Mountains May Depart

Director: Jia Zhang-Ke
Year Released: 2015
Rating: 0.5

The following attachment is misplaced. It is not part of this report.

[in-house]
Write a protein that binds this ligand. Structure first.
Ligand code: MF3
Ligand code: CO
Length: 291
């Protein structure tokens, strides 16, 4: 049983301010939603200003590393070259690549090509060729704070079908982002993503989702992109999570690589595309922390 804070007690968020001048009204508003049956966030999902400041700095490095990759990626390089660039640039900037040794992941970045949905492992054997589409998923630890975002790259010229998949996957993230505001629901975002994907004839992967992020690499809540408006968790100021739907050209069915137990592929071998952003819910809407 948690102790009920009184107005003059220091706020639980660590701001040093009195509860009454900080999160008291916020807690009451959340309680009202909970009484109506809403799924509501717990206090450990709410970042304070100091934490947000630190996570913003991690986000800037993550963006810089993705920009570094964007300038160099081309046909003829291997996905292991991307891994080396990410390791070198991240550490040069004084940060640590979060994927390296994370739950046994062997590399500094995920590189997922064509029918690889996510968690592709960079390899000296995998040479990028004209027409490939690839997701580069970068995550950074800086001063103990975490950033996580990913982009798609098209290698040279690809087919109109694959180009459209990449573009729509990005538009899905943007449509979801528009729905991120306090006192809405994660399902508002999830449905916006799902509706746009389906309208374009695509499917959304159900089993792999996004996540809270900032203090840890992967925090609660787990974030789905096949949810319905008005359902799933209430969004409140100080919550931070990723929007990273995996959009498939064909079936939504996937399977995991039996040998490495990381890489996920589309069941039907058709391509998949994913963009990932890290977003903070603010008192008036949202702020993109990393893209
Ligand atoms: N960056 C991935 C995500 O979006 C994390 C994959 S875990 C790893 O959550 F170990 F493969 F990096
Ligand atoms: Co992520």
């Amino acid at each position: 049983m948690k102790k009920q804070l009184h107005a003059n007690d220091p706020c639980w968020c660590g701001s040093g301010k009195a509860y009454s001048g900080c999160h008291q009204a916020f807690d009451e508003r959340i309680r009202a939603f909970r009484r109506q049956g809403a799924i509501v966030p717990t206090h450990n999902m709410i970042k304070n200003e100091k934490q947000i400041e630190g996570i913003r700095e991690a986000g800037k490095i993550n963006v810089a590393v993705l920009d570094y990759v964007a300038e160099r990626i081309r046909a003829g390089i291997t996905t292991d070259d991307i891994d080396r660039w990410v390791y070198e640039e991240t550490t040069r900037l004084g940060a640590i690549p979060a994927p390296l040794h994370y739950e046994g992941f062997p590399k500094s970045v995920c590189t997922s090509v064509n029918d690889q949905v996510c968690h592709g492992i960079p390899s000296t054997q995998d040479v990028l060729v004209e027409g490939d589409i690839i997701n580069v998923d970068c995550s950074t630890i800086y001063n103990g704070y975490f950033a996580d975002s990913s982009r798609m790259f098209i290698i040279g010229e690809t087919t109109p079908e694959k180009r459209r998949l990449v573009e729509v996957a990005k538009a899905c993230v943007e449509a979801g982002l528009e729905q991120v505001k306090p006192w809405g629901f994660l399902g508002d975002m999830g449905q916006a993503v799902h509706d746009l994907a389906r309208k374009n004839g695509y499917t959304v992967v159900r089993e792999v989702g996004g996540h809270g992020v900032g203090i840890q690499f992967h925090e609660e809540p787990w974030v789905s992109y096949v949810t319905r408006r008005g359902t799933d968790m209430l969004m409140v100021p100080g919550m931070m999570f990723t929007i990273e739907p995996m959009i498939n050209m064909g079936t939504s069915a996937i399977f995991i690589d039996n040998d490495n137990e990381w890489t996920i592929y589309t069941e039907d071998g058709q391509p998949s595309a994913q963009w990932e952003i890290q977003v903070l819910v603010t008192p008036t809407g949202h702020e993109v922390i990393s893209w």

Three part "examination" of Chinese history - in the years 1999, 2014 and the "future," 2025 - that begins with a love triangle, as two men battle for the affection of supposedly gorgeous Tao (Zhao Tao). It's emotionally and intellectually hollow (with some horrifically bad acting), becoming a dreadful chore once it hits the 2025 segment when Tao's adult son, Dollar (Dong Zijian) begins an affair with his teacher (?), argues with his gun-toting Dad (Zhang Yi) and flees Australia to (presumably?) look for his birth mother, who's busy doing Tai Chi in the snow. It's a complete mess script-wise, even losing track of characters along the way, and one has to wonder whether or not Ms. Tao is a proper casting choice aside from the fact she's married to the director (she only shows a modicum of emotion with the death of her father ... a character who's never developed in the first place). According to this, in a less than a decade the U.S. Dollar is going to be almost worthless, so I should probably invest in a good tent, buy stock in Asian companies and read up on how to forage (just in case, right?).